Latching on tips for breastfeeding

BreastfeedingGetting your baby to latch onto your breast can be a bit tricky to begin with and if you don't get your baby 'plugged in' right, she could end up not getting the nourishment she needs and you could end up with nipples that hurt or crack.

There's a bit of a knack to it - and, like all knacks, it's easy when you know how and hugely frustrating when you don't. A good latch is key to successful breastfeeding, so while it may take a while to get it right, it's worth persevering.

Tips for successful latching on

1. Get comfy. Make sure you and your baby are in a good position where you can both relax. Get a pillow to support your baby, and one for behind your back if you are sitting. Make sure you are not hunching over your baby.

A V-shaped pillow can be useful here as you can put it on your lap and it will support your baby as it curls around your middle. Experiment and you will soon find the most comfortable positions that work for you and your baby.

2. Get your baby into the right position. A good way to get your baby in a good position to feed is to remember the mantra 'tummy to mummy' and 'nose to nipple' (although it is more like mouth and nose to nipple). Instead of lying on her back on your lap in classic bottle-feeding position, your baby will have their tummy against yours and their nose and mouth to your nipple, so if you are sitting up and holding her back, your palm should be facing your tummy rather than being flat and facing upwards. Hold her head gently with your other hand.

3. Bring your baby to your breast. If you bring her chin towards your breast, her mouth should open. Her head should tilt back slightly, so that the bottom lip meets your breast first. Your nipple should touch the roof of your baby's mouth and be far back in her mouth. Her bottom lip should be way below the nipple, not just underneath. Your baby needs to have more than just your nipple in her mouth and will have most of the areola in there too, particularly the lower half.

Sometimes it can help to gently cup your breast to shape the mouthful for your baby, ready for them to latch onto it. This is particularly helpful if you have quite large or quite small breasts (and it can't hurt if you are fortunate to have breasts that are 'just right' whatever that means). To do this make a C-shape with your hand and gather a good handful to offer to your baby, but don't press too hard as you don't want to cause any blockages.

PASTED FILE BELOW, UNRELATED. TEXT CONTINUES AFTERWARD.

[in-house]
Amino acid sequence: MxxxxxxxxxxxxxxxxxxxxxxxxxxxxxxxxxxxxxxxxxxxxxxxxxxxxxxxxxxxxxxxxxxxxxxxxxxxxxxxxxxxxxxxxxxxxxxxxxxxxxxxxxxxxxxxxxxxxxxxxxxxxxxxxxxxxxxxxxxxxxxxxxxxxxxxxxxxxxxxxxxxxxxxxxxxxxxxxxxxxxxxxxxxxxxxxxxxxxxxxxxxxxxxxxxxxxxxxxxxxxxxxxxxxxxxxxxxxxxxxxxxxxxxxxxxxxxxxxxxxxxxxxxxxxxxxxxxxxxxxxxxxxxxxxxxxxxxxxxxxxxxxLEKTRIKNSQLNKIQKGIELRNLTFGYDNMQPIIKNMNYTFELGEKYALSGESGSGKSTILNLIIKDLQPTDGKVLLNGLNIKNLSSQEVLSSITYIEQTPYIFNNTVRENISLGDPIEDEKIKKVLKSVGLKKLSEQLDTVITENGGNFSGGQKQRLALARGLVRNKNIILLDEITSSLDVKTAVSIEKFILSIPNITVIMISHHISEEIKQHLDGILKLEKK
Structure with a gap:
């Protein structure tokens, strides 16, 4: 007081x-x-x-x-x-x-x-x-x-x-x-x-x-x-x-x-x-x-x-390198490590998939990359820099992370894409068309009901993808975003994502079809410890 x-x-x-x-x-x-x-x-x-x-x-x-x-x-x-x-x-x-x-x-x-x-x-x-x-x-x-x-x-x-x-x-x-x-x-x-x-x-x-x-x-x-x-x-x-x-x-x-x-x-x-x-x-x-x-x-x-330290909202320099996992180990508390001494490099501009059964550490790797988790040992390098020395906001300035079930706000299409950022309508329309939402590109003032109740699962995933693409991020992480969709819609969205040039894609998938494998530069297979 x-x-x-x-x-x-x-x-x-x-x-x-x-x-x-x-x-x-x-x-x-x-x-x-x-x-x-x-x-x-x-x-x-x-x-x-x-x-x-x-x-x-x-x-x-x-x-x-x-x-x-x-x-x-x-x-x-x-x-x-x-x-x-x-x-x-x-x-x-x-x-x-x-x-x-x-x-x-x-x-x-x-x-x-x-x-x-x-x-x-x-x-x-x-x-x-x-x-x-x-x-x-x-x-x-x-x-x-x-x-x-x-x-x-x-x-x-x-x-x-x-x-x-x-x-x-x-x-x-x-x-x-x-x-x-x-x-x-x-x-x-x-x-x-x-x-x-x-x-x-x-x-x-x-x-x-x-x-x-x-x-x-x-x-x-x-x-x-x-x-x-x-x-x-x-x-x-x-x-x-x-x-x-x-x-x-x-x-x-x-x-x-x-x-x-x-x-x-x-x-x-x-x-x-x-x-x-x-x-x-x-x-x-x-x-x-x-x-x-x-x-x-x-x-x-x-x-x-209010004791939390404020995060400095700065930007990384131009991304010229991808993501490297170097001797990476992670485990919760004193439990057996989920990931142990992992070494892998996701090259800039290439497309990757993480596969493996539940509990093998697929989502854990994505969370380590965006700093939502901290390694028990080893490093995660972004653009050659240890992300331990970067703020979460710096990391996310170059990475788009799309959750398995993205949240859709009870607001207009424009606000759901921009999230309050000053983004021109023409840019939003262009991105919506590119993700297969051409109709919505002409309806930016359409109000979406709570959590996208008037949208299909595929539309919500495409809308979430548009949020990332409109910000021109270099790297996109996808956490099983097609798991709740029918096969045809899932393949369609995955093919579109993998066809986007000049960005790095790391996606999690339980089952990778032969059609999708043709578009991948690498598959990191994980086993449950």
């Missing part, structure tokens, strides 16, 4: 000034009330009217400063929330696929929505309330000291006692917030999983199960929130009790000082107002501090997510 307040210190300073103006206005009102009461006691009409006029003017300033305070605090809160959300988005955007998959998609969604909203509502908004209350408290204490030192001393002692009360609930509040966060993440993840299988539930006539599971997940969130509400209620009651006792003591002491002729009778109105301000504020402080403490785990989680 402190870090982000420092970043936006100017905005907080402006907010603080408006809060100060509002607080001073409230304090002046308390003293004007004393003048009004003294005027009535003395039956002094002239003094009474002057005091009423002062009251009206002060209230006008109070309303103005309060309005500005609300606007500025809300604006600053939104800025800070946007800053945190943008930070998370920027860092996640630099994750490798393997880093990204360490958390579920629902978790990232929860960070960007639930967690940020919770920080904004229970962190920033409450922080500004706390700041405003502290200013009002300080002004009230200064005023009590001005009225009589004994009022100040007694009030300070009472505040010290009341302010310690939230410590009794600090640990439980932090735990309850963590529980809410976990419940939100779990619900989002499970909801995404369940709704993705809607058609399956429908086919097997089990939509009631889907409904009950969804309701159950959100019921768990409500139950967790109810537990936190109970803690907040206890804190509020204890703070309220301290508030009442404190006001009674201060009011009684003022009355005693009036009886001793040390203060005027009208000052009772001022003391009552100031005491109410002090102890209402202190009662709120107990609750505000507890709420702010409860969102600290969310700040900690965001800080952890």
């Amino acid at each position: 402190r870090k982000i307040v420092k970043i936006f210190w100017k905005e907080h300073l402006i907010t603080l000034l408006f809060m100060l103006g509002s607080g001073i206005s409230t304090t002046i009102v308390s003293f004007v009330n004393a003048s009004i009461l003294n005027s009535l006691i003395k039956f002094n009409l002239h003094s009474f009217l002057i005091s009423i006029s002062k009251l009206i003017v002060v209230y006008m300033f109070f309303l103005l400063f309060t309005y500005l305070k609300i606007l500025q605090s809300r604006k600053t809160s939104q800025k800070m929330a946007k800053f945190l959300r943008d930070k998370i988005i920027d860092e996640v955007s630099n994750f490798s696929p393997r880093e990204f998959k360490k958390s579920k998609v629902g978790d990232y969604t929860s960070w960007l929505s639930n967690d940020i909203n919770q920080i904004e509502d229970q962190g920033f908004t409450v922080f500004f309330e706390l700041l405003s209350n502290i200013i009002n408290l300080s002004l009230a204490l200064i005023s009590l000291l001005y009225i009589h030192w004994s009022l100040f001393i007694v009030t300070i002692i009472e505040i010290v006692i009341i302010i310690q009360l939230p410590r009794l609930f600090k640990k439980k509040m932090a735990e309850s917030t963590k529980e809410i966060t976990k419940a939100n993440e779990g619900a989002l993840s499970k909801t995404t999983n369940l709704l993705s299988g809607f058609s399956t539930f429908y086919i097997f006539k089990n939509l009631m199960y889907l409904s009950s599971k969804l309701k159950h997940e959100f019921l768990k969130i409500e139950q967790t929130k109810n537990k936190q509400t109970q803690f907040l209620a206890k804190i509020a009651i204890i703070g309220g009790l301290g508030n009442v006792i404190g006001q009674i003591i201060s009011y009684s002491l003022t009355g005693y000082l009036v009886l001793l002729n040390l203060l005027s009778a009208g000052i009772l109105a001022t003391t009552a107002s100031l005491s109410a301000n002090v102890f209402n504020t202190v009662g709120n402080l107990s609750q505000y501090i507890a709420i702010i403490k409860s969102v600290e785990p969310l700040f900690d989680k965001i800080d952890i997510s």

4. Open wide. If your baby does not automatically open their mouth to feed, you can put your finger gently on her chin, just below the bottom lip, or rub your nipple on their nose, which sounds a bit odd but will help her to smell your milk and supposedly stimulates the desire to feed. Skin-to-skin contact can also help, so, if it's warm enough, hold her with just her nappy on with her tummy pressed to yours.

5. What next? Once your baby has latched on, her bottom lip will curl back pressing against her chin and you will be able to see her jaw moving as she sucks. In the right position she will be able to suck in a strong rhythmic way that will stimulate your milk to flow freely and you will feel a deep pulling in your breast. Your baby's bottom jaw will move rhythmically as her tongue stimulates the breast ducts to release milk. The top jaw will remain still.

What are the signs that your baby hasn't latched on effectively?

  • Your baby might be wriggly and distracted
  • If it feels painful and your nipples hurt
  • If your baby does not have a good mouthful of breast with more areola from below rather than on top of the nipple or just has your nipple in her mouth
  • Your breasts still feel full at the end of a feed

If it doesn't feel right, or if it feels painful, you can ease your baby off the breast by putting your finger in her mouth to gently break the suction. Try to reposition your baby, stay calm and try again.

So much for the theory. In practice, it may take you - and your baby - several tries to get this right. It may help you to look at pictures and/or to ask a breastfeeding counsellor to check your latch for you.

What Mumsnetters say about getting the latch sorted

  • This is what worked for me. Say you are going to offer the left side. Hold your baby along your right arm, with his head in the palm of your hand. Hold your left breast with your left hand as if you were holding a burger (if you know what I mean!) and move baby to burger. popsycal
  • Hold your baby in close, so you couldn't even get a piece of paper between you. Then wait for a very open mouth and just pull her in closer. Suebfc
  • I shaped my breast with finger and thumb before putting it in his mouth (not forcefully) to be sure he had enough of the nipple in. oregorenianabroad
  • You can also try doing the 'breast crawl'. Lie in bed with no top on and put your baby, in just a nappy, face down on your tummy and let him find his own way onto the breast. Sometimes, they get a better latch by themselves than they do with us helping. MrsBadger
  • If your baby's not on right, unlatch him them using your finger in her mouth to break the seal. I worried if I did this too often, she would lose interest and give up but she never did. So, my advice is do it as many times as you need till it feels right. Don't rush; save your nipples. Rumple


Image: Shutterstock

Last updated: over 1 year ago